Edus H. Warren, MD, PhD
When I was an intern at Massachusetts General Hospital, I took care of a patient who had developed a very aggressive form of HIV-associated lymphoma. This was back in the 1980s — there was no treatment yet for HIV and nothing we could do to stop the cancer. Through taking care of him, I learned about the challenges of oncology, but the experience also reinforced that this was the specialty for me. A big part of an oncologist’s job is to help people adjust to their diagnosis, to cure them when possible and to help them live the rest of their days nobly and comfortably when we can’t.
As an attending physician on the bone marrow transplant service, I once met a patient with leukemia who had been referred to us for a transplant. She was in her early 40s and supposedly in remission, so her prognosis was reasonably good. However, during routine pre-transplant tests, we discovered that her situation was a lot tougher than we had initially thought. It turned out that she was not actually in remission, and further tests revealed more and more complications. Each day, I met with her and her family to deliver the bad news. Despite all the setbacks, I told them that we were going to do everything we could to see her through the transplant, because it was still her best chance. The odds were stacked against her, but she made it through, and 10 years later, she is still doing well. Not every situation turns out that way, but when they do, it makes it all worthwhile. It’s important for patients to know that we’re always with them from start to finish, no matter the expected outcome.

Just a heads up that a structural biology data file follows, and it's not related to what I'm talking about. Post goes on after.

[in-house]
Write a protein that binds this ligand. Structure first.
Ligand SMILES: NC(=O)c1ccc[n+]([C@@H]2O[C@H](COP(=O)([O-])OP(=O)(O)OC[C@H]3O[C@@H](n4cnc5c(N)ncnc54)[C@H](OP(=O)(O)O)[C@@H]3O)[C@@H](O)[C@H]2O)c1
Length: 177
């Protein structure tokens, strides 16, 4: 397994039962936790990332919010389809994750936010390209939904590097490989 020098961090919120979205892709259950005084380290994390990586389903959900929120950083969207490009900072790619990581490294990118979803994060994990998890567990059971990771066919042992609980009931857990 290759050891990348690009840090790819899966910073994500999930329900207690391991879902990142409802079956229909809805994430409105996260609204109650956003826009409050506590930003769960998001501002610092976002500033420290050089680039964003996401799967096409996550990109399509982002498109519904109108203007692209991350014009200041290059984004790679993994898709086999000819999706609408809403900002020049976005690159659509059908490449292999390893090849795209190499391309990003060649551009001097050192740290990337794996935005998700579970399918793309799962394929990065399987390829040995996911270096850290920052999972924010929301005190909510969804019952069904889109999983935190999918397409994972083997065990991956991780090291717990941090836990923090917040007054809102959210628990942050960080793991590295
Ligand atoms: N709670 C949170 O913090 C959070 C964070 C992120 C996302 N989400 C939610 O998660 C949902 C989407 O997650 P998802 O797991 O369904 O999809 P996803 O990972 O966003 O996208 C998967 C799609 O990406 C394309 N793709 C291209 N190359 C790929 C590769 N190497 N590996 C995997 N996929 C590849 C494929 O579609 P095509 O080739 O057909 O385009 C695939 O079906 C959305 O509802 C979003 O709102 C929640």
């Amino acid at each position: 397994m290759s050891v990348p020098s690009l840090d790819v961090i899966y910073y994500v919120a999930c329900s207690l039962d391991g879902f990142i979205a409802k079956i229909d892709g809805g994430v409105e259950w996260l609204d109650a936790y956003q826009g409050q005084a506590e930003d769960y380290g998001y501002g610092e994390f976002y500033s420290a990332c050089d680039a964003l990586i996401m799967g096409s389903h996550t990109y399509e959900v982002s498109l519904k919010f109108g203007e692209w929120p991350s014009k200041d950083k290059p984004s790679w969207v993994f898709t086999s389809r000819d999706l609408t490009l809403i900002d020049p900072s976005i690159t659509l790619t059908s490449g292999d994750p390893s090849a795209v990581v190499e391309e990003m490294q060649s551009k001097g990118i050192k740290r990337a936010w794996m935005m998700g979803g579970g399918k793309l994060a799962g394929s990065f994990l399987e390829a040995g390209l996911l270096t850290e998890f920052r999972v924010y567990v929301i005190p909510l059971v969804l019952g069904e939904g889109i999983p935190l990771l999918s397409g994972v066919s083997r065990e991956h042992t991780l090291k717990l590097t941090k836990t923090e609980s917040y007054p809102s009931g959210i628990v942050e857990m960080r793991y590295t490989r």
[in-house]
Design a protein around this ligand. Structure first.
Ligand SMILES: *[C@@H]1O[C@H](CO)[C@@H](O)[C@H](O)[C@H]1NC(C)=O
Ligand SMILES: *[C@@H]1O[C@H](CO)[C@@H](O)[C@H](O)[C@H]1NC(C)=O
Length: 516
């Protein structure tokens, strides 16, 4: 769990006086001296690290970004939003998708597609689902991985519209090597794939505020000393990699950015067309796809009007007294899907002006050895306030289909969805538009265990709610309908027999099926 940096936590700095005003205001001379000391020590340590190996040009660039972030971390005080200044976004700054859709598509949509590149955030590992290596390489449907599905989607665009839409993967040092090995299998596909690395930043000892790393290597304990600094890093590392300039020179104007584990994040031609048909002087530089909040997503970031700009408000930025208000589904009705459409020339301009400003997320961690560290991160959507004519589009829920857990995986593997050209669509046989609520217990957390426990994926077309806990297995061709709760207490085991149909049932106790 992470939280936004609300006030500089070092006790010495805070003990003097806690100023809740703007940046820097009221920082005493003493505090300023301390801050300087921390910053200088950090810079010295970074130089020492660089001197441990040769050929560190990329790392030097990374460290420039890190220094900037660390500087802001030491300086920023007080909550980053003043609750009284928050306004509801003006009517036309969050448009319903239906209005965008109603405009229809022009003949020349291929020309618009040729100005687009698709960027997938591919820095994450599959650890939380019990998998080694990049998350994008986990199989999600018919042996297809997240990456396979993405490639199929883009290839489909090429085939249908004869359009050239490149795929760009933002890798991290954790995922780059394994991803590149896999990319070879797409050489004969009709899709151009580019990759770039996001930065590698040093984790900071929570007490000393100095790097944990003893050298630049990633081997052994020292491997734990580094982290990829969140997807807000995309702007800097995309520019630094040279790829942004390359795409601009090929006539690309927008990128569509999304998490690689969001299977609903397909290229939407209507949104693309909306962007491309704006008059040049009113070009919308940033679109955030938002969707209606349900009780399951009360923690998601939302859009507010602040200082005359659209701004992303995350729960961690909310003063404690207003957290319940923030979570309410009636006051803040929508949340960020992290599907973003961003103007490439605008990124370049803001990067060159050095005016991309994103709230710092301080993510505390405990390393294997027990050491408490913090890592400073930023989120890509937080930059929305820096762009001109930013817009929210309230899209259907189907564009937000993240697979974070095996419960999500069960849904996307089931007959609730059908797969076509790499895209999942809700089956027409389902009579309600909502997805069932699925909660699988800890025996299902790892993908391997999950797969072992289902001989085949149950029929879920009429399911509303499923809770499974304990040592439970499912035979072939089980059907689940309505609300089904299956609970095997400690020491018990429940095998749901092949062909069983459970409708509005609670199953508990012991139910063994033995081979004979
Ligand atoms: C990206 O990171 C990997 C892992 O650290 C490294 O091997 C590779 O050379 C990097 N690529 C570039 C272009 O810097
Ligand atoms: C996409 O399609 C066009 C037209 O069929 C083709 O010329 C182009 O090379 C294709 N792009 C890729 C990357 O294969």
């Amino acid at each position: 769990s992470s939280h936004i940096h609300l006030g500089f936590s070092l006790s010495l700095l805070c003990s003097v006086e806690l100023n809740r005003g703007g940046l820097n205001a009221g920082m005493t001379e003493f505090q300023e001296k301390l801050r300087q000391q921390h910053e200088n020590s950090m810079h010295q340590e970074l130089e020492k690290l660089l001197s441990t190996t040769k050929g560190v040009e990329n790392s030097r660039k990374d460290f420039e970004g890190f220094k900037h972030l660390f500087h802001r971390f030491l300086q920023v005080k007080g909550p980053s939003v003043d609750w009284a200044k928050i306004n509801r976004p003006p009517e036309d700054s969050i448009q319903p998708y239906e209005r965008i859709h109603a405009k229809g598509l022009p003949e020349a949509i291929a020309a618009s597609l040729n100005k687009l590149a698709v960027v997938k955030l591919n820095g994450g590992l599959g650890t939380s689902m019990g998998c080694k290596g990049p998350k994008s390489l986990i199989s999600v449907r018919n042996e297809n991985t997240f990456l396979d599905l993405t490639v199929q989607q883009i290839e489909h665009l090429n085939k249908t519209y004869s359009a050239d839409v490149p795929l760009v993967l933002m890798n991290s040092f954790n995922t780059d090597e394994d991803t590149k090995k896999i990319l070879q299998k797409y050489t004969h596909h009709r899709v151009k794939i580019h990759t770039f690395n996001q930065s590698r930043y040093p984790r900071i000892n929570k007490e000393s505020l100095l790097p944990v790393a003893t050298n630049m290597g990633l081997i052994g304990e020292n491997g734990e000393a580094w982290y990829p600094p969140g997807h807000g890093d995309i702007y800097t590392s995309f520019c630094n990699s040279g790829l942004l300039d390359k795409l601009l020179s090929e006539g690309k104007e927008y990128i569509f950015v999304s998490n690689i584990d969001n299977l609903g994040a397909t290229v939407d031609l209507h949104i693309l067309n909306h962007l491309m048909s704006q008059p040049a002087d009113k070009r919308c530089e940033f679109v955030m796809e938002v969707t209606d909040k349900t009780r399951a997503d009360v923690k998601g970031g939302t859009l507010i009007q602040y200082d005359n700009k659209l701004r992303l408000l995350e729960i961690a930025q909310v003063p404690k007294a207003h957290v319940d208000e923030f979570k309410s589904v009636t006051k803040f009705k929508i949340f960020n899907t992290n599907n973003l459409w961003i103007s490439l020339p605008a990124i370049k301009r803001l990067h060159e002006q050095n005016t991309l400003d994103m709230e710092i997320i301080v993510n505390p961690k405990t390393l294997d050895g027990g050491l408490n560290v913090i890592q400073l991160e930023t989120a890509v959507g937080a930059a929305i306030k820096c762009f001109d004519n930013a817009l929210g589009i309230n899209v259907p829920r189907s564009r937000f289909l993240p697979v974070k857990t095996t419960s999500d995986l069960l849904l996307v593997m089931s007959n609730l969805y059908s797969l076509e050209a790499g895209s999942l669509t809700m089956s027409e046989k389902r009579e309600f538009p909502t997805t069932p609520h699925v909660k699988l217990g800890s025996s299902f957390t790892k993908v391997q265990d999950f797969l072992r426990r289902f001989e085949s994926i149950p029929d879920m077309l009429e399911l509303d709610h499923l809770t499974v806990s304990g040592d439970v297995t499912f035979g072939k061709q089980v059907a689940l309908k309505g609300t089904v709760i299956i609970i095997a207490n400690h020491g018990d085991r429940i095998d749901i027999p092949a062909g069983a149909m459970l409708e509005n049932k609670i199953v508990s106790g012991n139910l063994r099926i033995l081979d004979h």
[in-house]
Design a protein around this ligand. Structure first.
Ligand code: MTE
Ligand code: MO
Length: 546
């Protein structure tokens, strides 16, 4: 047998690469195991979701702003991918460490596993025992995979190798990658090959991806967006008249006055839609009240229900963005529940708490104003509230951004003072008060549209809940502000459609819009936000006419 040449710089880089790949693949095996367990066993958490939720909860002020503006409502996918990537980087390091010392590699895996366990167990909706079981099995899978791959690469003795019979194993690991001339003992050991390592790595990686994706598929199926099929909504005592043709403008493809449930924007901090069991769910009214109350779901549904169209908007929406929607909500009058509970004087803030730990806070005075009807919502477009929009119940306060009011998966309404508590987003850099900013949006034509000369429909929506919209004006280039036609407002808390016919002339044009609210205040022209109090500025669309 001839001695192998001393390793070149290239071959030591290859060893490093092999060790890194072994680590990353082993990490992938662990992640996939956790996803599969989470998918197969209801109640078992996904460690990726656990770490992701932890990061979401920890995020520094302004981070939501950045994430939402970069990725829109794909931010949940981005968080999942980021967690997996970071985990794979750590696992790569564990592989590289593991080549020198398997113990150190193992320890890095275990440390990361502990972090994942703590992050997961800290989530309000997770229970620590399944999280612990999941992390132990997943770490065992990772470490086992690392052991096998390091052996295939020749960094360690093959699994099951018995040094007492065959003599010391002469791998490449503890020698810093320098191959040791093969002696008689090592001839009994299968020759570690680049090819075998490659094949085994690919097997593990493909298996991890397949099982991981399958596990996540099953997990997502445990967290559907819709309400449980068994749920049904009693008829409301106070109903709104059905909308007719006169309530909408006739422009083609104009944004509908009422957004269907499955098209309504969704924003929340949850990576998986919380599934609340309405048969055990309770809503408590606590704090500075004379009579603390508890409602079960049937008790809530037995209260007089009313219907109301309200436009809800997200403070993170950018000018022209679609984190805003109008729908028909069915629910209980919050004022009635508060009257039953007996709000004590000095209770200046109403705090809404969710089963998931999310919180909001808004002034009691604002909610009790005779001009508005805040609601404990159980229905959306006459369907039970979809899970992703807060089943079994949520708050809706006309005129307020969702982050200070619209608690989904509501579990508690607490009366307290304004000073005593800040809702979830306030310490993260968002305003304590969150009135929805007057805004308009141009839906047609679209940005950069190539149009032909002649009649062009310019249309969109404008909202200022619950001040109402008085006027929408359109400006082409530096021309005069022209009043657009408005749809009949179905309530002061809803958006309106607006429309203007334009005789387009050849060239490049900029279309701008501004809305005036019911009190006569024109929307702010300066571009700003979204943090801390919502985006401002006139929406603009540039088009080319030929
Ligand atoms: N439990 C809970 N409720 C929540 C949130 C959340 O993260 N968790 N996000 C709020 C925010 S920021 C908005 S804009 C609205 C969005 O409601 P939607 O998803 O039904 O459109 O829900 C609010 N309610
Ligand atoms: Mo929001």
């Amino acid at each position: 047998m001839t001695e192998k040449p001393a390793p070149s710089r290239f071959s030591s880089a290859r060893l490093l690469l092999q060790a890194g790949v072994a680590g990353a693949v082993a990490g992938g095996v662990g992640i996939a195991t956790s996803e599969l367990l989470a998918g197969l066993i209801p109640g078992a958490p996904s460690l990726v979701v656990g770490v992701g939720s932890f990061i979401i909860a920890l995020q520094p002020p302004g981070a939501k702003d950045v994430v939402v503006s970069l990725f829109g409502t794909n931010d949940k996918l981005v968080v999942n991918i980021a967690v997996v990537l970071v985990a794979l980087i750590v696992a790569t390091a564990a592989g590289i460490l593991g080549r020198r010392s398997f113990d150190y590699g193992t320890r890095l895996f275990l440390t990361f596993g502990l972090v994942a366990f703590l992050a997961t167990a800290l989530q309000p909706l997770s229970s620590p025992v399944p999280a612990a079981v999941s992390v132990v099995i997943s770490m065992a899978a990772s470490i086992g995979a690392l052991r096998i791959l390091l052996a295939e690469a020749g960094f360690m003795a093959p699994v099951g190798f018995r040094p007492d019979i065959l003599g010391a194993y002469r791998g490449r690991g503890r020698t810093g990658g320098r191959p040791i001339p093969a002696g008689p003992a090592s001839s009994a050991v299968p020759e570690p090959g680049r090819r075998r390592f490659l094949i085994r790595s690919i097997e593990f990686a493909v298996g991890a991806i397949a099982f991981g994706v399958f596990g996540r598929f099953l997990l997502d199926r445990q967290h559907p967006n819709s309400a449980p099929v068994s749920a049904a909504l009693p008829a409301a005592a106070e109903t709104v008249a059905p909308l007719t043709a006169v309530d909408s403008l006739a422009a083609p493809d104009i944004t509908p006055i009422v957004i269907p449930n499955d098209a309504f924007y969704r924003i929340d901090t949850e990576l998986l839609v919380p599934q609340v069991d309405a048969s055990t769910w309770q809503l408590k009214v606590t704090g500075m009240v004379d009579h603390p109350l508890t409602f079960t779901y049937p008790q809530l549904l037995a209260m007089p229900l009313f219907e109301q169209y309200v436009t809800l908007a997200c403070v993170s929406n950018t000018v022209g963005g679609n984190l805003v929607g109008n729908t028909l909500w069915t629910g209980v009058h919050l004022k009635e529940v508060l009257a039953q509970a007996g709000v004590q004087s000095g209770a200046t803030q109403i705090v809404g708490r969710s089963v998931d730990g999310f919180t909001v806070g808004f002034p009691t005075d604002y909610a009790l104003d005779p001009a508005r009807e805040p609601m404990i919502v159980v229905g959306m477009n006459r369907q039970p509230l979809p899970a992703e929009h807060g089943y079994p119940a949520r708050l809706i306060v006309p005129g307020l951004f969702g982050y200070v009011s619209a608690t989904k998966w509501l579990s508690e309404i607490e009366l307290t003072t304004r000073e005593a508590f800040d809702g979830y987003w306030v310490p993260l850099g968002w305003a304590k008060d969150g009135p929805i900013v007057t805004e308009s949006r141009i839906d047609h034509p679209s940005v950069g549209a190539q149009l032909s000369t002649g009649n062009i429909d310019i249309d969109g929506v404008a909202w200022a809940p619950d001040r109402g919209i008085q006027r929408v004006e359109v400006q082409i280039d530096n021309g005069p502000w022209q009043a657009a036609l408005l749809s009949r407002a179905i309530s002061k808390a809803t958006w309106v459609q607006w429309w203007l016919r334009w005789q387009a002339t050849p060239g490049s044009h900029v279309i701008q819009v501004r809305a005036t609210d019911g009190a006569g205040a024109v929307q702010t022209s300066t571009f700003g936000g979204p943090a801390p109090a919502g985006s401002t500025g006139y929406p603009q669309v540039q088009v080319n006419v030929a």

Specialty: Medical Oncology
I am a board-certified medical oncologist who has practiced at SCCA and Fred Hutchinson Cancer Research Center since 1993. For more than 20 years, I provided care for patients undergoing bone marrow transplants. Now I specialize in working with patients who have recurrent or refractory (resistant to treatment) lymphomas.
At Fred Hutch, I lead a lab that is focused on cancer immunology. We study the interactions between cancer and the immune system on a cellular and molecular level. For example, one area of interest is understanding how a new class of therapeutic drugs, known as immune checkpoint inhibitors, helps eliminate cancer cells. I also lead Fred Hutch’s Global Oncology program, which is dedicated to reducing the burdens of cancer worldwide. As part of this role, I oversee international collaborations including the Uganda Cancer Institute (UCI)-Fred Hutch Cancer Research Centre in Kampala, Uganda. The research program at UCI aims to improve the care and prevention of cancers caused by infectious diseases.
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